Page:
Granted that simplicity is a virtue; beyond this it is too complex a matter to generalize about with impunity. One might add with reasonable confidence that simple does not mean vacuous, obvious, plain, habitual, formulated, banal, or empty.
The ability to produce pictures richly complex in their description would seem to be intrinsic to photography; indeed, this characteristic might almost be considered a simple fact of the medium. Nevertheless, much of the best energy of photographers during the past seventy years has been dedicated to the task of thinning out the rank growth of information that the camera impartially records if left to its own devices, in favor of pictures which have been — for lack of a better word — simpler. This has been achieved in many ways: by printing techniques that have allowed radical manipulation, by soft-focus lenses, stage lighting, high-contrast negatives, exaggerated grain, corrective filters, or worm’s- or bird’s-eye perspectives; by photographing details close up, or two-dimensional subjects (such as old walls); or simply by printing the picture very dark or very light. Stated this baldly these various experiments sound less interesting and less productive (and simpler) than they were in historical fact. In practice the struggle for visual coherence is continuous; when one problem is solved, a more difficult one rises in its place.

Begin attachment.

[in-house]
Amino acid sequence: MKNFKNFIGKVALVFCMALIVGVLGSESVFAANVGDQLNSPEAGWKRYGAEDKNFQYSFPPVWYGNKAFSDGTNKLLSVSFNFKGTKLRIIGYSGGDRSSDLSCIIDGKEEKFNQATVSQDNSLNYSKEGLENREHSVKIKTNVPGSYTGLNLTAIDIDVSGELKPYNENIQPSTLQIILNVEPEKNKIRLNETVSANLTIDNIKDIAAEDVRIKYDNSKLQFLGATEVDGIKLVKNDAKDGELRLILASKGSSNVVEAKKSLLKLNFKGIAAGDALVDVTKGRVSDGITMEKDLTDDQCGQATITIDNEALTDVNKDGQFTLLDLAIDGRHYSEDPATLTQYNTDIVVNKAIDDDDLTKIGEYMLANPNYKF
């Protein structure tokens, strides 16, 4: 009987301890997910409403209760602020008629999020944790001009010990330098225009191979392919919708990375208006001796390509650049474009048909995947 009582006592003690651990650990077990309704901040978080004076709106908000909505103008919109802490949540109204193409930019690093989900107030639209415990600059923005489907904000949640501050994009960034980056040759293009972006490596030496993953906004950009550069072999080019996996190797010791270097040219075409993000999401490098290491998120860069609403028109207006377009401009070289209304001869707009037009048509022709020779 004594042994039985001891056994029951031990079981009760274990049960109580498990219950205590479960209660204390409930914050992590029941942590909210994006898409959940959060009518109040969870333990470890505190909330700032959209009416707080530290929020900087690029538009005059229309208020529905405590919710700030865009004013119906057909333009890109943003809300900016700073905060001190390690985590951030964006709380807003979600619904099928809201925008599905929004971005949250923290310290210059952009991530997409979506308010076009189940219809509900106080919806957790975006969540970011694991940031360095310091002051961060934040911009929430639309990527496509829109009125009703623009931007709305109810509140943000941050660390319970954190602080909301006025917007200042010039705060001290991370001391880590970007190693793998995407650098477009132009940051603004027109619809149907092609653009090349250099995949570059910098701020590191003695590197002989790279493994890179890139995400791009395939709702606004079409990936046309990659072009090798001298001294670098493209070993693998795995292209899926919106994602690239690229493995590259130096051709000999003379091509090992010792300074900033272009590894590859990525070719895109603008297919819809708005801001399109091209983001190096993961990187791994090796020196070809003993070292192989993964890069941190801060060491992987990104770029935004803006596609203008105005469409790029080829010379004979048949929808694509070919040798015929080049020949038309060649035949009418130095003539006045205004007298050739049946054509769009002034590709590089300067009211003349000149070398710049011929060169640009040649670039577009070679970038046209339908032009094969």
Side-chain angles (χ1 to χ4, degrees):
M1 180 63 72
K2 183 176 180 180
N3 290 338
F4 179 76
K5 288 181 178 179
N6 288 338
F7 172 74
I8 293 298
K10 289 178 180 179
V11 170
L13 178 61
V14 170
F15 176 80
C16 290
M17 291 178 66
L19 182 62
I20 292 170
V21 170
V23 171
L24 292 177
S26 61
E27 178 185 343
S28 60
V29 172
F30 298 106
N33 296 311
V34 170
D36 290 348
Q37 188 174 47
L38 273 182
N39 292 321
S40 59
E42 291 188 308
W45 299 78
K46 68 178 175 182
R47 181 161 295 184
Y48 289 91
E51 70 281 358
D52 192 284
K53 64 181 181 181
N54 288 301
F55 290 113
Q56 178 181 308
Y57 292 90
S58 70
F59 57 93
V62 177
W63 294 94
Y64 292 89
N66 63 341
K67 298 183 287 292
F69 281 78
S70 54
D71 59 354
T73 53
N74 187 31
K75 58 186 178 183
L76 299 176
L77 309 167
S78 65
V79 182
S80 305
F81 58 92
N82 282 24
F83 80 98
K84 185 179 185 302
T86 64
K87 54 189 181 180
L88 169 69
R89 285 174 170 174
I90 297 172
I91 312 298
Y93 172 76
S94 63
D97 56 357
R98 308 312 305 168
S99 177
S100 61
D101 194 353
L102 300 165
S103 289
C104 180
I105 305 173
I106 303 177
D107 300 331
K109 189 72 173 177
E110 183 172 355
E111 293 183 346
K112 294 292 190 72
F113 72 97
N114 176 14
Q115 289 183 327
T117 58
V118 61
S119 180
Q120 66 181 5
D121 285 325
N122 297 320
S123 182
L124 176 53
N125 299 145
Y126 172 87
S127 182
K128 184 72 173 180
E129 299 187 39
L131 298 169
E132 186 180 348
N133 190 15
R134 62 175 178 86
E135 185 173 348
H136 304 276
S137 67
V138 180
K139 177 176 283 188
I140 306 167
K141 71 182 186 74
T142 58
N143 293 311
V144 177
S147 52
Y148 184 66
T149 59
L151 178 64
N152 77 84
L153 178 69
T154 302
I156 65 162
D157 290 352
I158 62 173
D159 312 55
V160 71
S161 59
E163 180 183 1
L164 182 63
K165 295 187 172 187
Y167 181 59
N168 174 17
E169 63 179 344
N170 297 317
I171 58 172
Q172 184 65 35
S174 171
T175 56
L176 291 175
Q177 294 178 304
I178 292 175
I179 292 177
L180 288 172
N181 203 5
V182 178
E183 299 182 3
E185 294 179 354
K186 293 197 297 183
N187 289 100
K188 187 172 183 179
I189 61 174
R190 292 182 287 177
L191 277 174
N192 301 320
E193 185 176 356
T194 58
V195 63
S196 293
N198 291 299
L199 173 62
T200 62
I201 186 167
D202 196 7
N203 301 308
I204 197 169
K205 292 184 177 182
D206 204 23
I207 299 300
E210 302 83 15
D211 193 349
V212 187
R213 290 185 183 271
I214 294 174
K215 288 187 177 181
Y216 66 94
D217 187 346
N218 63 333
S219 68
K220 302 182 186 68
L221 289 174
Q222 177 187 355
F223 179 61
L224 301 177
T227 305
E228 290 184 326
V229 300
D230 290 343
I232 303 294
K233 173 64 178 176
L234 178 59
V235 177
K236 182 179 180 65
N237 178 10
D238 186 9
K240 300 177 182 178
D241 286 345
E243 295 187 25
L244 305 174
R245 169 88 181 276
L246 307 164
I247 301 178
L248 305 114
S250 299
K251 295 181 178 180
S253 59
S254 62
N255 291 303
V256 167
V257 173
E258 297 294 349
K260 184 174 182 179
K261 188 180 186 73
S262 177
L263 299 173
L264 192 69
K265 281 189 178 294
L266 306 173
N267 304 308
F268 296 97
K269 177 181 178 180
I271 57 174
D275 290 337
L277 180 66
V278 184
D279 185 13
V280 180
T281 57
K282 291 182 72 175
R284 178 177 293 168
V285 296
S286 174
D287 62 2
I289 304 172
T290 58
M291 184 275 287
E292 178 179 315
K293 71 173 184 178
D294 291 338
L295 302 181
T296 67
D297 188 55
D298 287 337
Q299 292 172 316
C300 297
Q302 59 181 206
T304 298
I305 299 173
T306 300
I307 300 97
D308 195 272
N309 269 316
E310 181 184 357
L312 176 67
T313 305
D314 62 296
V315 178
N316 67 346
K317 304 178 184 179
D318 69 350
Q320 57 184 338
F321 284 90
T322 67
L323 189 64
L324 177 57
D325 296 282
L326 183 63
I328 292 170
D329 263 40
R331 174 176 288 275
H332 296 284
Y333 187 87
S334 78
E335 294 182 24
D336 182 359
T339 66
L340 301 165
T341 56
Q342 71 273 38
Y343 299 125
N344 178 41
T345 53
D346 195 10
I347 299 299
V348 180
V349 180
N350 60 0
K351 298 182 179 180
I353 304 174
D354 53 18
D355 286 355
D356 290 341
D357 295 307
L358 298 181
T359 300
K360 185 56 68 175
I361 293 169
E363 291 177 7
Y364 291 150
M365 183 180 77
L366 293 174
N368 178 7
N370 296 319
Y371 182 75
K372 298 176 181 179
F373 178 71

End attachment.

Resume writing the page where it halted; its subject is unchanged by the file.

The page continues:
In photography the formal issue might be stated as this: How much of the camera’s miraculous descriptive power is the photographer capable of handling? Or how much complexity can he make simple? Or, conversely, how much diversity must he sacrifice for the sake of order?
Consider Garry Winogrand‘s picture: so rich in fact and suggestion, and so justly resolved, more complex and more beautiful than the movie that Alfred Hitchcock might derive from it. (from “Looking at Photographs” by John Szarkowski)